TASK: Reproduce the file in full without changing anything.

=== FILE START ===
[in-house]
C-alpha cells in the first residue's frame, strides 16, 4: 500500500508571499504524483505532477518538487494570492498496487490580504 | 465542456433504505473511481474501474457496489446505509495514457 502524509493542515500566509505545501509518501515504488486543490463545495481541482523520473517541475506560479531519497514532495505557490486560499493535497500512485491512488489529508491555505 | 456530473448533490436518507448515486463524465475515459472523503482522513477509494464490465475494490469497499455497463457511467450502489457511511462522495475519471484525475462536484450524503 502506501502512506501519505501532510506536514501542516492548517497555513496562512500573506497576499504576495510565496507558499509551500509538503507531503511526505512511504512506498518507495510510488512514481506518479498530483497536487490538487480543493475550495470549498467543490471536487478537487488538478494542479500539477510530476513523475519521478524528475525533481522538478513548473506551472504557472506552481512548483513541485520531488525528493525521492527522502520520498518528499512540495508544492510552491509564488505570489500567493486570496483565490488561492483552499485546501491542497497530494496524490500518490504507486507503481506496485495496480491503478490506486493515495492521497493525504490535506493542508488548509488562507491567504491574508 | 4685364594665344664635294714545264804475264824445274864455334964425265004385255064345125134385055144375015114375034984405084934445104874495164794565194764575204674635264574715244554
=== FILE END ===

[in-house]
C-alpha cells in the first residue's frame, strides 16, 4: 500500500508571499504524483505532477518538487494570492498496487490580504 | 465542456433504505473511481474501474457496489446505509495514457 502524509493542515500566509505545501509518501515504488486543490463545495481541482523520473517541475506560479531519497514532495505557490486560499493535497500512485491512488489529508491555505 | 456530473448533490436518507448515486463524465475515459472523503482522513477509494464490465475494490469497499455497463457511467450502489457511511462522495475519471484525475462536484450524503 502506501502512506501519505501532510506536514501542516492548517497555513496562512500573506497576499504576495510565496507558499509551500509538503507531503511526505512511504512506498518507495510510488512514481506518479498530483497536487490538487480543493475550495470549498467543490471536487478537487488538478494542479500539477510530476513523475519521478524528475525533481522538478513548473506551472504557472506552481512548483513541485520531488525528493525521492527522502520520498518528499512540495508544492510552491509564488505570489500567493486570496483565490488561492483552499485546501491542497497530494496524490500518490504507486507503481506496485495496480491503478490506486493515495492521497493525504490535506493542508488548509488562507491567504491574508 | 4685364594665344664635294714545264804475264824445274864455334964425265004385255064345125134385055144375015114375034984405084934445104874495164794565194764575204674635264574715244554